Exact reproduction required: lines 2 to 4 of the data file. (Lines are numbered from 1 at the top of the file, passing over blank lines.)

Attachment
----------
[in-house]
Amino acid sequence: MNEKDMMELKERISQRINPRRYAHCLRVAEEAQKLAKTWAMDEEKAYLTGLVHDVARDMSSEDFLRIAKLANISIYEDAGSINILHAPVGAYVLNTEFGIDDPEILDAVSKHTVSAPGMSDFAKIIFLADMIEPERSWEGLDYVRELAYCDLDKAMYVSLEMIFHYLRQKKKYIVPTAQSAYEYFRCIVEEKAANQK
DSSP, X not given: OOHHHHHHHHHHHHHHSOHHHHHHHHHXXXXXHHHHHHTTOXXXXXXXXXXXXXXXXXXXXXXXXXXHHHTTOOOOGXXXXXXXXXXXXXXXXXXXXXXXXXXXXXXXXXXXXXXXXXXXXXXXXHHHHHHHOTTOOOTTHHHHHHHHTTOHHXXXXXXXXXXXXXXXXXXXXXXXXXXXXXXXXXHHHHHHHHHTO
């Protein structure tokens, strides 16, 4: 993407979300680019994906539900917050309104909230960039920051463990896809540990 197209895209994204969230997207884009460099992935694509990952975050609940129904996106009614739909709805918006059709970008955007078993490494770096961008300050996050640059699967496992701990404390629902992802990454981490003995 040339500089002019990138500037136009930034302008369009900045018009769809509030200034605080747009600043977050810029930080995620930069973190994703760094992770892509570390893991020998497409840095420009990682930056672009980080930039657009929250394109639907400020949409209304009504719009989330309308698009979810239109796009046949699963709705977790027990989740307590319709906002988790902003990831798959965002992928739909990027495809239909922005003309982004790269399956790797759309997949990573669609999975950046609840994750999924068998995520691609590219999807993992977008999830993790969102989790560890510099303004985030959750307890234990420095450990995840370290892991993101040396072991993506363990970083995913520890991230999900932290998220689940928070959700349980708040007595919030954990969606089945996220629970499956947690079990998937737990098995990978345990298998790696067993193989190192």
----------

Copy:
Amino acid sequence: MNEKDMMELKERISQRINPRRYAHCLRVAEEAQKLAKTWAMDEEKAYLTGLVHDVARDMSSEDFLRIAKLANISIYEDAGSINILHAPVGAYVLNTEFGIDDPEILDAVSKHTVSAPGMSDFAKIIFLADMIEPERSWEGLDYVRELAYCDLDKAMYVSLEMIFHYLRQKKKYIVPTAQSAYEYFRCIVEEKAANQK
DSSP, X not given: OOHHHHHHHHHHHHHHSOHHHHHHHHHXXXXXHHHHHHTTOXXXXXXXXXXXXXXXXXXXXXXXXXXHHHTTOOOOGXXXXXXXXXXXXXXXXXXXXXXXXXXXXXXXXXXXXXXXXXXXXXXXXHHHHHHHOTTOOOTTHHHHHHHHTTOHHXXXXXXXXXXXXXXXXXXXXXXXXXXXXXXXXXHHHHHHHHHTO
């Protein structure tokens, strides 16, 4: 993407979300680019994906539900917050309104909230960039920051463990896809540990 197209895209994204969230997207884009460099992935694509990952975050609940129904996106009614739909709805918006059709970008955007078993490494770096961008300050996050640059699967496992701990404390629902992802990454981490003995 040339500089002019990138500037136009930034302008369009900045018009769809509030200034605080747009600043977050810029930080995620930069973190994703760094992770892509570390893991020998497409840095420009990682930056672009980080930039657009929250394109639907400020949409209304009504719009989330309308698009979810239109796009046949699963709705977790027990989740307590319709906002988790902003990831798959965002992928739909990027495809239909922005003309982004790269399956790797759309997949990573669609999975950046609840994750999924068998995520691609590219999807993992977008999830993790969102989790560890510099303004985030959750307890234990420095450990995840370290892991993101040396072991993506363990970083995913520890991230999900932290998220689940928070959700349980708040007595919030954990969606089945996220629970499956947690079990998937737990098995990978345990298998790696067993193989190192």